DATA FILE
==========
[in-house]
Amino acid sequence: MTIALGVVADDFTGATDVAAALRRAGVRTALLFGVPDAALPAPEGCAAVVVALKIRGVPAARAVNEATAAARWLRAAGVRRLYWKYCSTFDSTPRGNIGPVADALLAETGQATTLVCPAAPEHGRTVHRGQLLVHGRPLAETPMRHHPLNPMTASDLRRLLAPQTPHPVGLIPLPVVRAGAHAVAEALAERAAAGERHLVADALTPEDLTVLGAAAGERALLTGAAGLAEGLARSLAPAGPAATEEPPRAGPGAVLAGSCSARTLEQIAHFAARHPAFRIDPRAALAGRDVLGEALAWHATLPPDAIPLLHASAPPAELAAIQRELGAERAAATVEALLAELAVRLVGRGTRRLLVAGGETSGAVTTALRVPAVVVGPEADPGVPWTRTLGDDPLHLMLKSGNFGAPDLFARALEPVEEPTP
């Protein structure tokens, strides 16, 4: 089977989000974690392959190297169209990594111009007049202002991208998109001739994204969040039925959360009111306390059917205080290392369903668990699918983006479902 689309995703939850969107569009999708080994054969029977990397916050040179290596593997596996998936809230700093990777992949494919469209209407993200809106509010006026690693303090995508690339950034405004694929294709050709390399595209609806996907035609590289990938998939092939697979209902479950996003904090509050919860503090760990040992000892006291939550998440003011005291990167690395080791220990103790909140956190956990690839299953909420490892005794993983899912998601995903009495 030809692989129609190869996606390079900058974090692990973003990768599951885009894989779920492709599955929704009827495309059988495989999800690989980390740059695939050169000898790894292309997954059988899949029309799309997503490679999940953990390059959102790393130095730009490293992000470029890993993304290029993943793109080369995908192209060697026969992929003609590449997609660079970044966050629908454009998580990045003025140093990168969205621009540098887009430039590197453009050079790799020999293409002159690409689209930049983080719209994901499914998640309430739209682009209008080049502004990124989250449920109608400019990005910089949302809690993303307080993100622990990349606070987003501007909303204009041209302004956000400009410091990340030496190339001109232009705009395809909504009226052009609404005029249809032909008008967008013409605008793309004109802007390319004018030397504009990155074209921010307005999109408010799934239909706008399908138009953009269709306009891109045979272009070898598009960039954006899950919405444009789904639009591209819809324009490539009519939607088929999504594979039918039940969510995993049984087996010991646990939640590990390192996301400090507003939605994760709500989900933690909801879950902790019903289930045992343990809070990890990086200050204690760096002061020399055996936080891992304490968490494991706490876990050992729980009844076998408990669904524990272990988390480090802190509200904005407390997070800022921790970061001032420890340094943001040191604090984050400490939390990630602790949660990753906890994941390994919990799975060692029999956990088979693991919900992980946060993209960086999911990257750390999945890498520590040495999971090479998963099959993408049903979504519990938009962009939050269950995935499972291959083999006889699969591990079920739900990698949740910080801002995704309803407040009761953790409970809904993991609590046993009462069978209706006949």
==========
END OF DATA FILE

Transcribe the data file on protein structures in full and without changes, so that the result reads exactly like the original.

[in-house]
Amino acid sequence: MTIALGVVADDFTGATDVAAALRRAGVRTALLFGVPDAALPAPEGCAAVVVALKIRGVPAARAVNEATAAARWLRAAGVRRLYWKYCSTFDSTPRGNIGPVADALLAETGQATTLVCPAAPEHGRTVHRGQLLVHGRPLAETPMRHHPLNPMTASDLRRLLAPQTPHPVGLIPLPVVRAGAHAVAEALAERAAAGERHLVADALTPEDLTVLGAAAGERALLTGAAGLAEGLARSLAPAGPAATEEPPRAGPGAVLAGSCSARTLEQIAHFAARHPAFRIDPRAALAGRDVLGEALAWHATLPPDAIPLLHASAPPAELAAIQRELGAERAAATVEALLAELAVRLVGRGTRRLLVAGGETSGAVTTALRVPAVVVGPEADPGVPWTRTLGDDPLHLMLKSGNFGAPDLFARALEPVEEPTP
């Protein structure tokens, strides 16, 4: 089977989000974690392959190297169209990594111009007049202002991208998109001739994204969040039925959360009111306390059917205080290392369903668990699918983006479902 689309995703939850969107569009999708080994054969029977990397916050040179290596593997596996998936809230700093990777992949494919469209209407993200809106509010006026690693303090995508690339950034405004694929294709050709390399595209609806996907035609590289990938998939092939697979209902479950996003904090509050919860503090760990040992000892006291939550998440003011005291990167690395080791220990103790909140956190956990690839299953909420490892005794993983899912998601995903009495 030809692989129609190869996606390079900058974090692990973003990768599951885009894989779920492709599955929704009827495309059988495989999800690989980390740059695939050169000898790894292309997954059988899949029309799309997503490679999940953990390059959102790393130095730009490293992000470029890993993304290029993943793109080369995908192209060697026969992929003609590449997609660079970044966050629908454009998580990045003025140093990168969205621009540098887009430039590197453009050079790799020999293409002159690409689209930049983080719209994901499914998640309430739209682009209008080049502004990124989250449920109608400019990005910089949302809690993303307080993100622990990349606070987003501007909303204009041209302004956000400009410091990340030496190339001109232009705009395809909504009226052009609404005029249809032909008008967008013409605008793309004109802007390319004018030397504009990155074209921010307005999109408010799934239909706008399908138009953009269709306009891109045979272009070898598009960039954006899950919405444009789904639009591209819809324009490539009519939607088929999504594979039918039940969510995993049984087996010991646990939640590990390192996301400090507003939605994760709500989900933690909801879950902790019903289930045992343990809070990890990086200050204690760096002061020399055996936080891992304490968490494991706490876990050992729980009844076998408990669904524990272990988390480090802190509200904005407390997070800022921790970061001032420890340094943001040191604090984050400490939390990630602790949660990753906890994941390994919990799975060692029999956990088979693991919900992980946060993209960086999911990257750390999945890498520590040495999971090479998963099959993408049903979504519990938009962009939050269950995935499972291959083999006889699969591990079920739900990698949740910080801002995704309803407040009761953790409970809904993991609590046993009462069978209706006949």